In fact, knowing that a judge is available and that a trial date is scheduled are the two biggest incentives to settling a case before trial, said Frederick G. Miller, a senior staff attorney for the National Center for State Courts, which is monitoring court experiments in California, Colorado and New Jersey.


“So if you reduce the time to get to trial, you’ll have more judges ready and more courtrooms available,” Miller said, “and more cases will settle.”

The biggest objection from some lawyers involves the scheduling trigger. The deadlines, they said, should not be based on the date the lawsuit is filed, but from the date the parties decide they are “at issue"--which could be many years and thousands of dollars in attorney fees later.

The mere filing of a lawsuit often is used by lawyers as a tactic to force a settlement, said Troy Roe, a Santa Ana attorney. Roe estimated that a third of his cases settle after lawsuits are filed but before they are even served on defendants.

Unnecessary attorney fees would be spent to work up one of those cases under the new program, he said, because the short deadlines would require lawyers to do work they would not normally do if they were using the suit simply as a precautionary measure or a tactical weapon.


Other lawyers fear the new law and court rules are simply part of the proliferating mandates imposed on trial lawyers--mandates that could be changed or thrown out about the time that all lawyers begin to understand them.

They also point out that lawyers can easily avoid the expedited program in the first place by simply filing a lawsuit without listing causes of action on the first page. Causes of action--such as breach of contract or fraud--quickly identify a lawsuit as one that might be eligible for the experiment. Other civil litigation, such as personal injury, probate and family law, is not part of the experiment.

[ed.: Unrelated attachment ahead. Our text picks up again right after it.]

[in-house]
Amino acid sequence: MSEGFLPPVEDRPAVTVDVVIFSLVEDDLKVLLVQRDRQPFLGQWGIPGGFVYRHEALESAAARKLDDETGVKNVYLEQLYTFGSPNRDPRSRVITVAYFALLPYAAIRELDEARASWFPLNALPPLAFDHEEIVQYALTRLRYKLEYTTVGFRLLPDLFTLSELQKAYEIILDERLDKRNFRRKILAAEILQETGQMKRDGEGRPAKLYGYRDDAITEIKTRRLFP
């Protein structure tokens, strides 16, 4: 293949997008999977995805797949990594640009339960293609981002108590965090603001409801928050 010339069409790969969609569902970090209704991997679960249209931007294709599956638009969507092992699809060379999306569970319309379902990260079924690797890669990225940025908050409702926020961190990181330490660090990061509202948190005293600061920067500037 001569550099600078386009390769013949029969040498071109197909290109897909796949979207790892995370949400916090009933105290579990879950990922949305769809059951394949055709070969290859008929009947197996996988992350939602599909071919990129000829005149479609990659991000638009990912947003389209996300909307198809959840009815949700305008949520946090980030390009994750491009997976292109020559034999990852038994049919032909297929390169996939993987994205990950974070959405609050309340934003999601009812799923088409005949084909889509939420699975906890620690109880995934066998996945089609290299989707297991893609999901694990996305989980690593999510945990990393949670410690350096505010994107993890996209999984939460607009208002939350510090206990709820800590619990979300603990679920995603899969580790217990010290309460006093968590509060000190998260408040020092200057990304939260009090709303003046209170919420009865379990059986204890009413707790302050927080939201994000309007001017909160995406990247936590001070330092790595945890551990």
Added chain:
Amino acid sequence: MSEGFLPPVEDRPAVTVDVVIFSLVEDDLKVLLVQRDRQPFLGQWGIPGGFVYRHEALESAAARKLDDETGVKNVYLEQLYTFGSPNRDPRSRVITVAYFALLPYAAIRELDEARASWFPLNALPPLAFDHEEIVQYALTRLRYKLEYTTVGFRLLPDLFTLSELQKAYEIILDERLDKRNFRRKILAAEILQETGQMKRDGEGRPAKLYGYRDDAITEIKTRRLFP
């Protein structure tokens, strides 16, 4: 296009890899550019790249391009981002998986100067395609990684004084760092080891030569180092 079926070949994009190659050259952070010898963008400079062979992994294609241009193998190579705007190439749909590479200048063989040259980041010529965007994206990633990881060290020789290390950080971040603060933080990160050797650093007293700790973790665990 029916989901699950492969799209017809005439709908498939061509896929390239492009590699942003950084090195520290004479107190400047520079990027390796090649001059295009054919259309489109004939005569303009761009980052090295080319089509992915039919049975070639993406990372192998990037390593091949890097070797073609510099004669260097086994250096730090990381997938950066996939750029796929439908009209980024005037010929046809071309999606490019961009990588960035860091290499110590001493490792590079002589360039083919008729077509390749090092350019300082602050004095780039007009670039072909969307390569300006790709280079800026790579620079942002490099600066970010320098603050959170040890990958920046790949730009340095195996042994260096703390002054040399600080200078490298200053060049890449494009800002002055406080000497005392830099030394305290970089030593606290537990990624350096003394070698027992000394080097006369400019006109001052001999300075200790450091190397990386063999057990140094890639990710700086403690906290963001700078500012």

And some lawyers object to putting four well-respected judges--Woolley, Judith M. Ryan, Henry T. Moore Jr. and Robert A. Knox--on a panel that is going to hear essentially simple business cases. Those judges, they said, should be handling more complex and more important litigation.

Each of the nine counties, including Los Angeles and San Diego, is being allowed to devise its own program to reduce court delays in an effort to identify a system that works and to mold a state law around it. But a statewide system may not help everyone.


“The reasons for delays in Orange County may be different from reasons for delays in other counties,” said Andrew J. Guilford, a Newport Beach lawyer who chairs a committee reviewing rules to implement the program in Orange County. “So a universal solution may be impossible.”

Guilford and Roe worry that the new system will simply create more paper work and foster more litigation. A court rule requiring that a complaint be served on each defendant within 45 days after it is filed, for instance, conflicts with state law that sets a three-year deadline.

“The first time a case is dismissed at trial court for failure to follow the rules, you can expect an appeal,” Guilford said.

SPEEDING UP CIVIL TRAILS IN ORANGE COUNTY Orange County Superior Court’s huge backlog of cases could begin shrinking next year under an expedited trial program that begins Jan. 4. The program initially is intended to create a system for speedy resolution of business litigation and, in three years or so, to put all civil litigation on a similar fast track. The deadlines in the flow chart below could become the deadlines that all litigants will face--if the experiment is successful.


ON DAY 1: Complaint Filed; Trial Judge Assigned BY 45TH DAY: Complaint Served on Defendant(s) BY 75TH DAY: Defense Responds; Pretrial Discovery Begins TO TRIAL IN 180 DAYS: Collection Cases BY 90TH DAY: Settlement Conference

Hearing on Need to Extend Time Limits

Hearing on Removal from Program

Filing Deadline to Remove Judge BY 180TH DAY: Status Conference BY 270TH DAY: Trial-Setting Conference; Mandatory Settlement Talks 14 DAYS BEFORE TRIAL: Conference on Legal Issues Remaining in Lawsuit TRIAL: 90% of Cases Within 12 Months; 98% of Cases Within 18 Months; 100% of Cases Within 24 Months


Source: Orange County Superior Court